On April 5, 1968, this appeared on the Post’s editorial page:

A Cruel and Wanton Act

Martin Luther King is the victim of a cruel and wanton act that will be deplored from one end of this country to the other. There is about this assault upon the great Negro leader the same kind of wanton senselessness that overtook the man whose tactics he emulated--Mahatma Ghandi. Men of good will, noble purpose and pacific impulses enjoy no immunity from violence, no matter how they shun it in their personal conduct.

Those who are responsible for this vile deed have killed an unoffending, God-fearing and innocent man of great goodwill; they have also killed something in the spirit and heart of the American people where lived the bright hope for reconciliation between the races.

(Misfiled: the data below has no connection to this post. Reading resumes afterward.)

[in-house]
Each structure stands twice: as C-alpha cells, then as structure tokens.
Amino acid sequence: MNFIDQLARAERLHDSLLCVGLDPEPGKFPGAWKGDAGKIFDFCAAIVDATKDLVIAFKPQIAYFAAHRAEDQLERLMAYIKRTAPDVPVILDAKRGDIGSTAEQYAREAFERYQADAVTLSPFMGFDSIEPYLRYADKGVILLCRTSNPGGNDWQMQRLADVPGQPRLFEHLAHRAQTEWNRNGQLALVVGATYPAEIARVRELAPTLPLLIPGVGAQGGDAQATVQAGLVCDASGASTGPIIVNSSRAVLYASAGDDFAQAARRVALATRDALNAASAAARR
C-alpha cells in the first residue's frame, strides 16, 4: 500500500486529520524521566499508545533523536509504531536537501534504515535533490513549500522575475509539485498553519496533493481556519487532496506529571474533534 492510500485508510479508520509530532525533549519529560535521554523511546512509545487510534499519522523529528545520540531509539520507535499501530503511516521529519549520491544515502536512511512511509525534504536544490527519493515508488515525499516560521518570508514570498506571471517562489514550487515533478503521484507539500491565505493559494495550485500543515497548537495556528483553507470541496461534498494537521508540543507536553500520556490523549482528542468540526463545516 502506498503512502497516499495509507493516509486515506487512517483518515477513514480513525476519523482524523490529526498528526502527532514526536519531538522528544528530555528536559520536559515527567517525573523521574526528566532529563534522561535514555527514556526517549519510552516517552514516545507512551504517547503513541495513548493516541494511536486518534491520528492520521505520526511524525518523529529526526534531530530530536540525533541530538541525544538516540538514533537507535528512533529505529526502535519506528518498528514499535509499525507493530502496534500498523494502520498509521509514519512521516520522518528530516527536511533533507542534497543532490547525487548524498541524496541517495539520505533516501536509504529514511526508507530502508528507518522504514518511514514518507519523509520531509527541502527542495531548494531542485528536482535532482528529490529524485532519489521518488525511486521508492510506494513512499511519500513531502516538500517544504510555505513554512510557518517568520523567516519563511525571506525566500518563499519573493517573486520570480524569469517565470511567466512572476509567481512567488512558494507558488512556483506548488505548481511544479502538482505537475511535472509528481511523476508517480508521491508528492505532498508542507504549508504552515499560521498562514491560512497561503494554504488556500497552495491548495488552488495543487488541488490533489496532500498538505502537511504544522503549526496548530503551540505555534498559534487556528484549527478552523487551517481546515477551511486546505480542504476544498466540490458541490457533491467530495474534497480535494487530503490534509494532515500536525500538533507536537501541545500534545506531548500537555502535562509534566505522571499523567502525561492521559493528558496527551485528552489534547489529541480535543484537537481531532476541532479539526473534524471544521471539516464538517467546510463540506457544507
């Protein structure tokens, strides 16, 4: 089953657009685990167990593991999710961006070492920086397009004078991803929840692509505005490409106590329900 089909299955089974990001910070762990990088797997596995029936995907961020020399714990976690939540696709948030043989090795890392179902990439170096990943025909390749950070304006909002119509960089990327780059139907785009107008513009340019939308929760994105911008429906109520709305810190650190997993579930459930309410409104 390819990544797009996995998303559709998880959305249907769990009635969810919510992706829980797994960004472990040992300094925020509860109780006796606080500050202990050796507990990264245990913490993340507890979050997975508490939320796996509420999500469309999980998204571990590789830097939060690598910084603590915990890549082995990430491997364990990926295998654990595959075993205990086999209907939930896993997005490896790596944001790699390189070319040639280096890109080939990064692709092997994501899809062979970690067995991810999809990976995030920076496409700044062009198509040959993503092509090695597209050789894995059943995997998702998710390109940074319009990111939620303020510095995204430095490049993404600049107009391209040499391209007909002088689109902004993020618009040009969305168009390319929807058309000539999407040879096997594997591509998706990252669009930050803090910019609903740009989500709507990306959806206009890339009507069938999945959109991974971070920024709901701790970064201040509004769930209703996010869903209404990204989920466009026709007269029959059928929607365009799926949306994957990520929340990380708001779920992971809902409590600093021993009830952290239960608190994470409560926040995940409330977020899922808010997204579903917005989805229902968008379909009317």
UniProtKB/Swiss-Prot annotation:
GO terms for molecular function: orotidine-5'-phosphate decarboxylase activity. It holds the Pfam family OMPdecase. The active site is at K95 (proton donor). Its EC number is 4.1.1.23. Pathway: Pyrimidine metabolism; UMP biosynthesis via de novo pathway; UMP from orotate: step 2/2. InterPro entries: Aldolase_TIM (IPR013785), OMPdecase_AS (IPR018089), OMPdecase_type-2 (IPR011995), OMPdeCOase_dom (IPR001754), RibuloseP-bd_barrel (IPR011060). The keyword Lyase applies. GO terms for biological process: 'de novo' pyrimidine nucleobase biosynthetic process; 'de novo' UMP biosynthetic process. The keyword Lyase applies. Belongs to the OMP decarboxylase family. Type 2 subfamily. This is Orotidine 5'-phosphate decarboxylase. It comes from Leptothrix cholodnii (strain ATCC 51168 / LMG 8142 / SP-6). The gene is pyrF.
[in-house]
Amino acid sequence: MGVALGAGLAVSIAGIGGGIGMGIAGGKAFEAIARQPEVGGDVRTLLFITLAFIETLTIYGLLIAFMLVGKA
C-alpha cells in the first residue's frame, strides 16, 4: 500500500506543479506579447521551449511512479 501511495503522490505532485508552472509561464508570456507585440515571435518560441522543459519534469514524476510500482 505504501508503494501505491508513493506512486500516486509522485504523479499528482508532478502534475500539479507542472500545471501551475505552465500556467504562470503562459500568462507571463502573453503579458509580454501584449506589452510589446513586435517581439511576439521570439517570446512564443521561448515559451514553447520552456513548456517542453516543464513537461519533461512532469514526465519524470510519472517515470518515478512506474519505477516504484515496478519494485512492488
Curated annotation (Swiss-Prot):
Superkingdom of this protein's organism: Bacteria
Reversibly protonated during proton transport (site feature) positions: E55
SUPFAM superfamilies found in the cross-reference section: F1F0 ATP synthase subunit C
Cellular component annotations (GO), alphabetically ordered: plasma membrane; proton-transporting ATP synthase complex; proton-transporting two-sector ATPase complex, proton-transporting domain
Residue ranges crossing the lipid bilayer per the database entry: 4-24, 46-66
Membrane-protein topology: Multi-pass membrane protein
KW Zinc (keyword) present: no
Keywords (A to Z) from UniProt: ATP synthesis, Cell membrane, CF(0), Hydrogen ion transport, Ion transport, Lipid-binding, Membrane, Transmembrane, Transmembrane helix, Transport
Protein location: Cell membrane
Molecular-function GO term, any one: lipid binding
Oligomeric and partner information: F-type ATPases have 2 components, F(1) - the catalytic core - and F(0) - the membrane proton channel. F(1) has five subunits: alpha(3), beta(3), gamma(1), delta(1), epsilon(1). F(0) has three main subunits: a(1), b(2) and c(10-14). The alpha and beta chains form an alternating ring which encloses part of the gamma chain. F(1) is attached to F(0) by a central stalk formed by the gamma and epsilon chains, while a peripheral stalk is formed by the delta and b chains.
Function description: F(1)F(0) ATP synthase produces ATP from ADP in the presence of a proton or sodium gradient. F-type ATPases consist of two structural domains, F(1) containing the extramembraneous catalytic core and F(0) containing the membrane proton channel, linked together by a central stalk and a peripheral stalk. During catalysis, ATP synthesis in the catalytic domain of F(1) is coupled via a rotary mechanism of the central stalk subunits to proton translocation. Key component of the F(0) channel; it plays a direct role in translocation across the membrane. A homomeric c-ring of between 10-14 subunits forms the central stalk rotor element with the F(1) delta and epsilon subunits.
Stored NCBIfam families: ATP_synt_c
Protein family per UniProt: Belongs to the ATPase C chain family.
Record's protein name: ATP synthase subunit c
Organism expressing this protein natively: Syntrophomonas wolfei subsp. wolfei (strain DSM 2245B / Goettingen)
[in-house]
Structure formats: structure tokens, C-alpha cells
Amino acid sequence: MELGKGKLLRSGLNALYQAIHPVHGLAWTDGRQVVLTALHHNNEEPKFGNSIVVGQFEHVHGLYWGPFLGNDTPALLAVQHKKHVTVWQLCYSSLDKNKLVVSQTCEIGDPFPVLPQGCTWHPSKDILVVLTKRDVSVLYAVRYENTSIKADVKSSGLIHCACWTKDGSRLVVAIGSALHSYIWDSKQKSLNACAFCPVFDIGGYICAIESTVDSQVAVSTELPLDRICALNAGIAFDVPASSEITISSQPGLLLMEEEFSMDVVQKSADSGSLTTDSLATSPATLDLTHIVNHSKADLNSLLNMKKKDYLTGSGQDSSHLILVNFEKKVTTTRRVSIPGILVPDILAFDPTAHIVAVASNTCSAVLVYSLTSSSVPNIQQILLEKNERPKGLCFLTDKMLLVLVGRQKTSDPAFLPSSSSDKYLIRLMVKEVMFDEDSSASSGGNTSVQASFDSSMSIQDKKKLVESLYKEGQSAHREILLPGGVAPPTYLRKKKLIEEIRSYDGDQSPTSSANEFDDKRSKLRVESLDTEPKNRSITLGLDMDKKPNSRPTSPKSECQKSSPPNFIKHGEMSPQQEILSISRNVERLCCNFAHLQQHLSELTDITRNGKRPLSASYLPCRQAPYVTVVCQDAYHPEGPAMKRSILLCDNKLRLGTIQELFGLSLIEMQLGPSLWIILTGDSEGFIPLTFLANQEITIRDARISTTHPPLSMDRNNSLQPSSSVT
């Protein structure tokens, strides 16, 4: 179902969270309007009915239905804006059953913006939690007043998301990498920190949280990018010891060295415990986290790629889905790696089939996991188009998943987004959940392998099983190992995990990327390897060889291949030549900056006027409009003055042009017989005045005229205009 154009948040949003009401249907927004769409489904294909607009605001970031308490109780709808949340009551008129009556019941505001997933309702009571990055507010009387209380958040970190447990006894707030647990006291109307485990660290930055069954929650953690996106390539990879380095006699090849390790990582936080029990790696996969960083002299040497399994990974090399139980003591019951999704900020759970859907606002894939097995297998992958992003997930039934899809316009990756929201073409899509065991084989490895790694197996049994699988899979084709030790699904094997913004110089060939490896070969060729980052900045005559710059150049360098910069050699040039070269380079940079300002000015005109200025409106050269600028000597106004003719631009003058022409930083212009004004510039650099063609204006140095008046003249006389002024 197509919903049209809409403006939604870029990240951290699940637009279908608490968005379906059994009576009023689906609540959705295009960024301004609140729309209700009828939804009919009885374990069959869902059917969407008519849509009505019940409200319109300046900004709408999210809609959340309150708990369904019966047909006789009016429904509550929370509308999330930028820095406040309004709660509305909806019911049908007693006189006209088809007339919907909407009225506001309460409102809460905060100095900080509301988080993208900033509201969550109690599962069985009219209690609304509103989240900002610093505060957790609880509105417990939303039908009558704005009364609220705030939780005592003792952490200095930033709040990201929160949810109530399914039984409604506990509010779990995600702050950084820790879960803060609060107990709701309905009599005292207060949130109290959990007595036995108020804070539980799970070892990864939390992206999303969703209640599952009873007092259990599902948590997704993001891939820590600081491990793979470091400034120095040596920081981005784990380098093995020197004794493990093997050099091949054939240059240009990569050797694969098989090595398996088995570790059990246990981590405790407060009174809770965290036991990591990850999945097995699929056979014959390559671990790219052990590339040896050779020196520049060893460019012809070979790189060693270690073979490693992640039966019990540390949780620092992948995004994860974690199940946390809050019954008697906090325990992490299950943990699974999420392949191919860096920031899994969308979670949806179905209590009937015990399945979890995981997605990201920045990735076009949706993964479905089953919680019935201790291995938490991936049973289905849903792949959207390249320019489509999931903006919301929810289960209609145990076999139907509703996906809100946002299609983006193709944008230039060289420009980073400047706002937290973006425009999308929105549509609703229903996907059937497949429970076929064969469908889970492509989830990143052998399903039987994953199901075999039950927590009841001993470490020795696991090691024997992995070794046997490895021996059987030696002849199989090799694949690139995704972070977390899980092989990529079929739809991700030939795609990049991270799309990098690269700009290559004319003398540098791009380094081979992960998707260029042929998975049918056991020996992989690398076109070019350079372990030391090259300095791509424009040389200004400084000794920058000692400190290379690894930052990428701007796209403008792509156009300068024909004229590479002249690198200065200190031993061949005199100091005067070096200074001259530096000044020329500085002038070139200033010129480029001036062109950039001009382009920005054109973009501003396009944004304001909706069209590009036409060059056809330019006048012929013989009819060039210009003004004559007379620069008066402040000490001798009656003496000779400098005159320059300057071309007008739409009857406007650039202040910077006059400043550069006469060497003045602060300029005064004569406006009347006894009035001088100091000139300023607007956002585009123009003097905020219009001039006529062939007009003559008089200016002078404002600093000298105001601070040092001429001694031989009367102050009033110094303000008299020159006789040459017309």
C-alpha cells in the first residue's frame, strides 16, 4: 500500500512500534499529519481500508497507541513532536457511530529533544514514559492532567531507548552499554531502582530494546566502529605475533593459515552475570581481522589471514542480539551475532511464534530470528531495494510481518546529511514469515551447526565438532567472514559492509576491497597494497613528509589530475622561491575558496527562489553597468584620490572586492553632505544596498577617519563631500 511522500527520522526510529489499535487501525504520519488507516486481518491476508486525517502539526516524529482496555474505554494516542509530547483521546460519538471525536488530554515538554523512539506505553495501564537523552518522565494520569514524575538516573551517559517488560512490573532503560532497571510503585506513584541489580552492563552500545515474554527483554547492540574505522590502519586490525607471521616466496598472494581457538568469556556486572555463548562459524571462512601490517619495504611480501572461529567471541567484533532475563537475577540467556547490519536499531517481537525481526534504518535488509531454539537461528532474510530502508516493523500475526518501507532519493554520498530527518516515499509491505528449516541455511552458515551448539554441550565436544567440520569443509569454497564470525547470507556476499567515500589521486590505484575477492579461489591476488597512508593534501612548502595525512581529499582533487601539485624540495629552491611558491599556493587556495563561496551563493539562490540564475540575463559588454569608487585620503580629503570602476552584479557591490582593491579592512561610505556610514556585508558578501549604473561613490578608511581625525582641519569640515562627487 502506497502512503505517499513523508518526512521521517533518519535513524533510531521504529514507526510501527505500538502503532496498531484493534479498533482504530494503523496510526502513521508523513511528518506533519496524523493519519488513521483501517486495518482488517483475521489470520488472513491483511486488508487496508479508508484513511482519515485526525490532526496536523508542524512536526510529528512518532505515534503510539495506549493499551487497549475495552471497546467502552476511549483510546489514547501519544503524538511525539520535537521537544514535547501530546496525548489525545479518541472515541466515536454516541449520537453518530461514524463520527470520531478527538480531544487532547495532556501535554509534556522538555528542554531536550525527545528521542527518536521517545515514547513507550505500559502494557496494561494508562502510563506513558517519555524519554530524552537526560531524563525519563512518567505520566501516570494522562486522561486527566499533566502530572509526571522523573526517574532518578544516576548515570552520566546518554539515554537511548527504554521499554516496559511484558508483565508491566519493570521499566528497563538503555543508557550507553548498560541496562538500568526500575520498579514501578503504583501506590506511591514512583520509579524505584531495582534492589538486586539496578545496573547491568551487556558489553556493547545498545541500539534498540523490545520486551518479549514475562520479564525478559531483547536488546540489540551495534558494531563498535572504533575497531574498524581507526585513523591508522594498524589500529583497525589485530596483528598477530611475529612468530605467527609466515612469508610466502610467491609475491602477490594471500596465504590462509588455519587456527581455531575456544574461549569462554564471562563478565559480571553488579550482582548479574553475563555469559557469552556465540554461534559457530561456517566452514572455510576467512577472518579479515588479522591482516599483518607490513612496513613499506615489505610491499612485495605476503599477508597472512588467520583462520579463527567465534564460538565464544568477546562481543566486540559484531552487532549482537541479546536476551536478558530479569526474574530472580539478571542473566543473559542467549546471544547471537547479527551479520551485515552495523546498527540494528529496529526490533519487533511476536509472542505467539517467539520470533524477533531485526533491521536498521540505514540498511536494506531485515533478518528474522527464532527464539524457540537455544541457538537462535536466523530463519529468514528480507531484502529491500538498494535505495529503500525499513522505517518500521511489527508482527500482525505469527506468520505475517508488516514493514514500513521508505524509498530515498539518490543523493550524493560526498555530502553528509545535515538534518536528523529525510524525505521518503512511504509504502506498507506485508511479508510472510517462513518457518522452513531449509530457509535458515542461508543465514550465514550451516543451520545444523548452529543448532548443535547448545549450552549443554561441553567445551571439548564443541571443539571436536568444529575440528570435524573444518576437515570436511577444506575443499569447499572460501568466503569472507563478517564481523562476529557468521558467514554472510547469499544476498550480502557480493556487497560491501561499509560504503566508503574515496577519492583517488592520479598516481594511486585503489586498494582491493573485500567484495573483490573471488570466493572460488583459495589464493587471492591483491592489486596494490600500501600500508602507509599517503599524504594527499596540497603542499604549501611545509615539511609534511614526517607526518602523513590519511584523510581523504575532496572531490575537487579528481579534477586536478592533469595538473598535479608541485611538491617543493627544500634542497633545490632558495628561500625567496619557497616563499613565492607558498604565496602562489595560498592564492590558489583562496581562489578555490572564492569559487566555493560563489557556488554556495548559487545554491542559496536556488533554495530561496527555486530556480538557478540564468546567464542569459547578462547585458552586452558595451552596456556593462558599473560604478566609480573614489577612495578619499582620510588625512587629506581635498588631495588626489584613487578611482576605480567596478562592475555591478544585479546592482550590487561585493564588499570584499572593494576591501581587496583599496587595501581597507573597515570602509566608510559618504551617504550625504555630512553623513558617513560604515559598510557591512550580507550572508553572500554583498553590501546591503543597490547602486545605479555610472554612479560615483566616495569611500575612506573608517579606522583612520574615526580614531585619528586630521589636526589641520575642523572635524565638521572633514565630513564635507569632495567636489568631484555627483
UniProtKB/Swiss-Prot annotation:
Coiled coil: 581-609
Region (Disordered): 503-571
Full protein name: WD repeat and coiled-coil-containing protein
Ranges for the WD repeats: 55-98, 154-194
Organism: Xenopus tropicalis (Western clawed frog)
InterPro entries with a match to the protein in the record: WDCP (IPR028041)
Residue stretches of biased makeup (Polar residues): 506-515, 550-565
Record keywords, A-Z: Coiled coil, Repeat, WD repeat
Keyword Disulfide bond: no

That hope will be resurrected... It is possible to kill men like Martin Luther King, but the ideas for which they stand are not mortal or destructible. Americans of Negro and white descent alike, of all races and of all creeds, will gather around the principles that he espoused and carry his messag to the multitudes.

Let this crime become the occasion for uniting the Negro and white community in behalf of the principles of social justice, racial equality and nonviolence.

More on Martin Luther King, Jr.:

Hampton Sides remembers the man, not the saint.